3. Get the basics right.
One of the major pros of marketplaces is the built-in, trusting audience of ready-to-buy shoppers. One of the cons, is that your competitors and even the marketplace itself may be competing with you for that shopping spend. There are a few things you can do to ensure you take your share of the pie. Most marketplaces use a catalogue system, where EAN codes are used to group all offers for a specific item on a single page. The top slot (Buy Box in Amazon terms) will usually go to the seller with the best commercial offer and the highest rating. You can achieve a high seller rating by meeting the SLAs set by the marketplace for responding to customer queries, making sure you deliver within your stated shipping times, and avoid cancelling orders you have accepted because you’ve gone out of stock without realising.
4. Create a discoverability plan.
The first step is getting your product data just right. Make sure you provide photos in line with the marketplace guidelines. Usually that will mean a variety of angles, shot against a plain white background and a zoomed in version of each photo. Use all of the available image and video slots provided to give your customers the best experience possible. Make sure that you also provided accurate product titles and detailed product descriptions that highlight the key features of your items. If you sell technical products, include a detailed technical specification for each item, and a way for shoppers to compare models if relevant. Read your online reviews and talk to your sales team to find out what the most frequent product-related questions or comments are – and incorporate these into your descriptions. Once and only after you’ve mastered these basics – build a marketing plan for each individual platform. Most marketplaces have their own advertising units, and all offer some combination of display advertising, sponsored search, enhanced content marketing and targeted email campaigns on a paid basis. Create a strategy like you would for your own website and use these tools to increase your sales exponentially.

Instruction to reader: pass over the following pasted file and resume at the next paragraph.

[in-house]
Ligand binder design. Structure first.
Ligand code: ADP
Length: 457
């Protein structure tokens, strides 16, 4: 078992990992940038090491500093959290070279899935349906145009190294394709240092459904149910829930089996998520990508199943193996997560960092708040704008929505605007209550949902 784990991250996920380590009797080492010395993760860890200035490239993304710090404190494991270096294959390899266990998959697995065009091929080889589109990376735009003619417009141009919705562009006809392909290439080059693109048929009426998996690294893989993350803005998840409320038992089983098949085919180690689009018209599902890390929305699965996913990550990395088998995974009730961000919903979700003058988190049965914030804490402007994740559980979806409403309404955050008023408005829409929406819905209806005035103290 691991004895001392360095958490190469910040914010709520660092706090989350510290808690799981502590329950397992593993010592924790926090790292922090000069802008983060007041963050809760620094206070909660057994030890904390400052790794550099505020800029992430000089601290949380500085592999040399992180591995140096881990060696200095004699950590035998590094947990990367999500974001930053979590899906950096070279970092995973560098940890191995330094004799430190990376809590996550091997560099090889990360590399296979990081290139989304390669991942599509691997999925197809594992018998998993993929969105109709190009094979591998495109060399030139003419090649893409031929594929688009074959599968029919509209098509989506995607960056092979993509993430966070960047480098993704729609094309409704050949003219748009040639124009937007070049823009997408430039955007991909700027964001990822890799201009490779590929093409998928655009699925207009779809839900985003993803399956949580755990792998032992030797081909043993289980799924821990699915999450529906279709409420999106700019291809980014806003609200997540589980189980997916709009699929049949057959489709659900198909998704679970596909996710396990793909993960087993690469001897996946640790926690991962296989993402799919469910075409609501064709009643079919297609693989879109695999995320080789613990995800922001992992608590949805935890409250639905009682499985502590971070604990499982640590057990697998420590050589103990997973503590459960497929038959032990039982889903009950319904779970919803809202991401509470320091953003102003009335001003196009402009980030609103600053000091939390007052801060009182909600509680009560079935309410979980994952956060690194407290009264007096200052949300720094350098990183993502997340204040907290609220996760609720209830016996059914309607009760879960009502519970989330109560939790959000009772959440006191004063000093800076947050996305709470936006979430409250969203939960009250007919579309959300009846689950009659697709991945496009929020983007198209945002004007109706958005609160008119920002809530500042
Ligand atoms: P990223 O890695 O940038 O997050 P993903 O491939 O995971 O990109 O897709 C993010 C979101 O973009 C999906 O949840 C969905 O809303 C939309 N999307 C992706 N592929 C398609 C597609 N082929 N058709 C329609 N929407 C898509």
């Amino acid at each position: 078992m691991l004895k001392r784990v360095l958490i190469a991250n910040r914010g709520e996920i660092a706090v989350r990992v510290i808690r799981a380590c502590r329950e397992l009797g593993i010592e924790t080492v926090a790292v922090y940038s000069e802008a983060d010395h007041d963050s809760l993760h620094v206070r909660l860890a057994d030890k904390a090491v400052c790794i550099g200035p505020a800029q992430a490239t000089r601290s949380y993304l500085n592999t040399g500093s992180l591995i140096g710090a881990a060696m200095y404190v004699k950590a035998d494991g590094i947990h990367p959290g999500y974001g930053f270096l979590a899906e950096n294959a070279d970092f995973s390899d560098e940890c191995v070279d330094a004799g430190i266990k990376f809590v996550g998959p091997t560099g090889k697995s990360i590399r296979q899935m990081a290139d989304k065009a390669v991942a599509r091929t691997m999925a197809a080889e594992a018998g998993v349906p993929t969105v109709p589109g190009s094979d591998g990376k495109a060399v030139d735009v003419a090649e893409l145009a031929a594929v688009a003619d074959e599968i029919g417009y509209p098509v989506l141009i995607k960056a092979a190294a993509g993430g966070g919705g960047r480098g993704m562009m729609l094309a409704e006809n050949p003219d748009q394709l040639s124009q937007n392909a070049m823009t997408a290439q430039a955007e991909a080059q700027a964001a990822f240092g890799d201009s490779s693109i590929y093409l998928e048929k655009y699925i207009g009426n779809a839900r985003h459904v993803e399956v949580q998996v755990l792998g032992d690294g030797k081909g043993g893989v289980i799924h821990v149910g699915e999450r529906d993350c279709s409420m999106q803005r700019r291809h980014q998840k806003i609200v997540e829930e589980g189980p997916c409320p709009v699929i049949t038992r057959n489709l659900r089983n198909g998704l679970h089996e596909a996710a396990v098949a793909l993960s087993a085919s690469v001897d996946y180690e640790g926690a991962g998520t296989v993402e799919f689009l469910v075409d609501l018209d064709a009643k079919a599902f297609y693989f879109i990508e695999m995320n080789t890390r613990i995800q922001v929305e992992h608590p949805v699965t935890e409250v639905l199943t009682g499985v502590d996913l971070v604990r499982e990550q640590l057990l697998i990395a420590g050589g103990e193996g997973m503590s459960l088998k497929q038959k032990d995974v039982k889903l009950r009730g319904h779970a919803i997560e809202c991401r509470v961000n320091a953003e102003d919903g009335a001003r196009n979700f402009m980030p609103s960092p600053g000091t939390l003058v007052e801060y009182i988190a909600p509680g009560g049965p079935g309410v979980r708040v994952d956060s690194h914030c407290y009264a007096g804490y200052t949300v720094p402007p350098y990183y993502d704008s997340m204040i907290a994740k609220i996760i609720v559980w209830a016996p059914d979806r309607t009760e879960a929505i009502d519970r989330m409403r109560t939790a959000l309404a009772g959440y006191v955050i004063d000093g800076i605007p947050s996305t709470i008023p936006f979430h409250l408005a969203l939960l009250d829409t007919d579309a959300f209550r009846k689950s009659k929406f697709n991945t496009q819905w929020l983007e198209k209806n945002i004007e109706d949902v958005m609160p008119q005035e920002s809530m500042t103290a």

5. Take advantage of partners.
A whole industry has built up around marketplaces sellers. Most marketplaces will require you to provide local returns addresses in each market where shoppers are. If you’re a small local business this can seem insurmountable. But there are numerous companies who can provide you with this service for a low monthly fee and a price per return. They allow you to offer your international customers a user-friendly, fully-localised returns experience, and will consolidate your return items into bigger shipments to create cost savings, or even resell your products locally for you, turning returns into cash. Similarly, currency service providers can help you manage operating in multiple currencies, by setting you up with virtual dollar, euro and other bank accounts, and helping you repatriate funds from your international marketplace sales when rates are most favourable. Finally, if your plan is to use numerous different marketplaces across multiple geographies – you will definitely want to consider a feed management provider. These companies, also called integrators, can help you centralise your product, stock and order feeds in one location, which greatly reduces your overall admin, as well as reducing the risk of inaccurate stock data as you sell on different channels simultaneously.